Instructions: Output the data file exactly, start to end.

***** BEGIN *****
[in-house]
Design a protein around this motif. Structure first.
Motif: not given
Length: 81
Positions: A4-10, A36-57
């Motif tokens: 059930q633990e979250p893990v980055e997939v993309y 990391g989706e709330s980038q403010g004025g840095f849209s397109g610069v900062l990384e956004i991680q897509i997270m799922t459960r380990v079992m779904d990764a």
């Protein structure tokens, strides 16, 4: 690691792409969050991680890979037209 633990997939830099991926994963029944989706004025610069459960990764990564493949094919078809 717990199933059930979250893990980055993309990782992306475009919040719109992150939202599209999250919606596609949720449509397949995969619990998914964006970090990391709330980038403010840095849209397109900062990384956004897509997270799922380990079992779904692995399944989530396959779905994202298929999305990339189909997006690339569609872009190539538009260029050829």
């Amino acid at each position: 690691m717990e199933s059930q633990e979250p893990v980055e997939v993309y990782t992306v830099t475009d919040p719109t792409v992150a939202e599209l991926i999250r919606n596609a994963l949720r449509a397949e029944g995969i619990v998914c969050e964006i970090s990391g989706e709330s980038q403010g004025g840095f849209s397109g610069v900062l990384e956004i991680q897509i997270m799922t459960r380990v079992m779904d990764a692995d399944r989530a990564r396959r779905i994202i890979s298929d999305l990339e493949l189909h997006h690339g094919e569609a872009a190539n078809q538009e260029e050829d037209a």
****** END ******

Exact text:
[in-house]
Design a protein around this motif. Structure first.
Motif: not given
Length: 81
Positions: A4-10, A36-57
């Motif tokens: 059930q633990e979250p893990v980055e997939v993309y 990391g989706e709330s980038q403010g004025g840095f849209s397109g610069v900062l990384e956004i991680q897509i997270m799922t459960r380990v079992m779904d990764a």
């Protein structure tokens, strides 16, 4: 690691792409969050991680890979037209 633990997939830099991926994963029944989706004025610069459960990764990564493949094919078809 717990199933059930979250893990980055993309990782992306475009919040719109992150939202599209999250919606596609949720449509397949995969619990998914964006970090990391709330980038403010840095849209397109900062990384956004897509997270799922380990079992779904692995399944989530396959779905994202298929999305990339189909997006690339569609872009190539538009260029050829």
């Amino acid at each position: 690691m717990e199933s059930q633990e979250p893990v980055e997939v993309y990782t992306v830099t475009d919040p719109t792409v992150a939202e599209l991926i999250r919606n596609a994963l949720r449509a397949e029944g995969i619990v998914c969050e964006i970090s990391g989706e709330s980038q403010g004025g840095f849209s397109g610069v900062l990384e956004i991680q897509i997270m799922t459960r380990v079992m779904d990764a692995d399944r989530a990564r396959r779905i994202i890979s298929d999305l990339e493949l189909h997006h690339g094919e569609a872009a190539n078809q538009e260029e050829d037209a």